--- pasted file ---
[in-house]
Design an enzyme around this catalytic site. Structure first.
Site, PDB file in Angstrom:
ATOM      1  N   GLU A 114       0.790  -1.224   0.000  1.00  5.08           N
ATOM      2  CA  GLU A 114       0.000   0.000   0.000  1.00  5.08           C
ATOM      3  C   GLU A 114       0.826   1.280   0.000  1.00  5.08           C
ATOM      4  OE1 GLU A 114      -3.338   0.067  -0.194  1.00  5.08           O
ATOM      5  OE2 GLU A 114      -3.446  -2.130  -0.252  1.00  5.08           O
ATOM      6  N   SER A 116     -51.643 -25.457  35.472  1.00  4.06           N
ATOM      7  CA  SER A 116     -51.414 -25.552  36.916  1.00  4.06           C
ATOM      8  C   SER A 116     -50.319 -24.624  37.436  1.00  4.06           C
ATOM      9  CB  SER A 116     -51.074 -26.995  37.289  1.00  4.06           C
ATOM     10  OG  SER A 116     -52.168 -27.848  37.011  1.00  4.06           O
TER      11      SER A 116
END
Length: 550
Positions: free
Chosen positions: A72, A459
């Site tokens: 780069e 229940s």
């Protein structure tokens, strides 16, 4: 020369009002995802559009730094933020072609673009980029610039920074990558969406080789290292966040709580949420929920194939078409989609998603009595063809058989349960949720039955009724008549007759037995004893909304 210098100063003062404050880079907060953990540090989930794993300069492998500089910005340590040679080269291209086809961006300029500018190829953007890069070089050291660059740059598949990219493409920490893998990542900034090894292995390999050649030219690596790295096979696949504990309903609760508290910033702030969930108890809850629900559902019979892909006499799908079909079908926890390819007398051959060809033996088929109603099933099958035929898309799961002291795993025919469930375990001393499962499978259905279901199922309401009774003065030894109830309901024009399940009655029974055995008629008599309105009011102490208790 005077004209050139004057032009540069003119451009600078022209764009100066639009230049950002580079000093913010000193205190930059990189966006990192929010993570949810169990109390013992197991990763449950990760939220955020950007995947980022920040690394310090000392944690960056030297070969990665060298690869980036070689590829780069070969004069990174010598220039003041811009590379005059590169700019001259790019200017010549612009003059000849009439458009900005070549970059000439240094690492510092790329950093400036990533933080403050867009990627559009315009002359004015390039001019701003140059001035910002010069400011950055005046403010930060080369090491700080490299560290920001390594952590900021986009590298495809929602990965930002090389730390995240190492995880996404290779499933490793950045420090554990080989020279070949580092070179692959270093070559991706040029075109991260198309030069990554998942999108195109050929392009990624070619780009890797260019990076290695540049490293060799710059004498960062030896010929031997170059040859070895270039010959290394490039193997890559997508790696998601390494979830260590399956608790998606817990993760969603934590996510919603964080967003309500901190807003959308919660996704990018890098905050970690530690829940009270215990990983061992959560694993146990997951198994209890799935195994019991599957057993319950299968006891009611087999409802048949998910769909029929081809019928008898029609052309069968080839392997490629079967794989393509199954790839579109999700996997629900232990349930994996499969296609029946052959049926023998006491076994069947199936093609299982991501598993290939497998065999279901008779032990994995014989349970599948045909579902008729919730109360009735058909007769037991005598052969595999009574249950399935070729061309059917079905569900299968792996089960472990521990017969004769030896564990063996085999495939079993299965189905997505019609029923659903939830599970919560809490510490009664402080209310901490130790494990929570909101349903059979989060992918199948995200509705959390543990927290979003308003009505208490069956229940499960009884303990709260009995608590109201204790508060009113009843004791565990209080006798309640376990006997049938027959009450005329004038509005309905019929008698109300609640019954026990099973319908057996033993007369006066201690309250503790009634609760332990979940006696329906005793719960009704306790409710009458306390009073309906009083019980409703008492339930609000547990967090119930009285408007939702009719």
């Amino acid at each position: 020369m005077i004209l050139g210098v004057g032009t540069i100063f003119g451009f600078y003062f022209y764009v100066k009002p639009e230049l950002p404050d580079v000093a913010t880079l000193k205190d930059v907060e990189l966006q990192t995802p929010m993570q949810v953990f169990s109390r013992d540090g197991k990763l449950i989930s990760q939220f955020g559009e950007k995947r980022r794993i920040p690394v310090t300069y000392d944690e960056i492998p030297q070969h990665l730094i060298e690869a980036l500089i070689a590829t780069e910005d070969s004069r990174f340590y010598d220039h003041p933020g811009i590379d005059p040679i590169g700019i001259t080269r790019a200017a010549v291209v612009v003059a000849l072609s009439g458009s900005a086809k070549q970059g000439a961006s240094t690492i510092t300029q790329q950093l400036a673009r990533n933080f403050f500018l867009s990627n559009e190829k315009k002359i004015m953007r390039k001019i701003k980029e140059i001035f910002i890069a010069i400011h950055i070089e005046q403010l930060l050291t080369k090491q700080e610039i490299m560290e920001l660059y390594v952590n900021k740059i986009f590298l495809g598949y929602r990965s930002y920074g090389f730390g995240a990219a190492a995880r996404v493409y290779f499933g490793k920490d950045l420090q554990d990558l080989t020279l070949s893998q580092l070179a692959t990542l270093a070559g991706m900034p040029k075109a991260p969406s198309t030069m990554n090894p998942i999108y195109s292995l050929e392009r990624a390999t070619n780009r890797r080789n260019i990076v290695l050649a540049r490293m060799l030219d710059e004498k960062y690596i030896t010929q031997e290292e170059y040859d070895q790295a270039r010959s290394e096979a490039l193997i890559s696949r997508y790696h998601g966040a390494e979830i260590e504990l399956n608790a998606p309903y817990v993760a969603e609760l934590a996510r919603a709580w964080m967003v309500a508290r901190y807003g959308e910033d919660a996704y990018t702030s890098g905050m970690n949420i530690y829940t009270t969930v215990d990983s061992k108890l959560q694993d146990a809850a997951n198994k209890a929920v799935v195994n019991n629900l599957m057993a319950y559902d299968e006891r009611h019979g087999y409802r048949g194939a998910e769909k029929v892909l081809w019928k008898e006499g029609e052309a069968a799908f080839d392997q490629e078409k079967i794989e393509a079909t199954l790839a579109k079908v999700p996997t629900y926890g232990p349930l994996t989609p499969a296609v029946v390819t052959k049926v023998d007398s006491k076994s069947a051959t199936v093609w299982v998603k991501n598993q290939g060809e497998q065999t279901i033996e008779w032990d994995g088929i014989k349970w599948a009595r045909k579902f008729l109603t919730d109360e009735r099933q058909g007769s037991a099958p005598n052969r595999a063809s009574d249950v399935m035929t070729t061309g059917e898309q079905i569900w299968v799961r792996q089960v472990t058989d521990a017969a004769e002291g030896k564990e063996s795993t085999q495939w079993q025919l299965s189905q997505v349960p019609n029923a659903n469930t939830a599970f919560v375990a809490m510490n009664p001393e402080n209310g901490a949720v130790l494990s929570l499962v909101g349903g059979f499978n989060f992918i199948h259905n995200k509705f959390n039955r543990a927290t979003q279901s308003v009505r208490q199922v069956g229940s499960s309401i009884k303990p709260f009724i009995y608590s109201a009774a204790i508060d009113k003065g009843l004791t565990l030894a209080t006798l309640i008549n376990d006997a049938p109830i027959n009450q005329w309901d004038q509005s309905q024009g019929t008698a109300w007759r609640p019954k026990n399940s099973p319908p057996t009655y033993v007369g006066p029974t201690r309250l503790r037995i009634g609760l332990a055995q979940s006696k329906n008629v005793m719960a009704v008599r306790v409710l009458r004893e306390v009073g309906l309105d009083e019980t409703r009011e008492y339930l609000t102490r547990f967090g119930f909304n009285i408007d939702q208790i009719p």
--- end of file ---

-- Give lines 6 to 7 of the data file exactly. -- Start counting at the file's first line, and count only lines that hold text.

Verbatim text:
ATOM      3  C   GLU A 114       0.826   1.280   0.000  1.00  5.08           C
ATOM      4  OE1 GLU A 114      -3.338   0.067  -0.194  1.00  5.08           O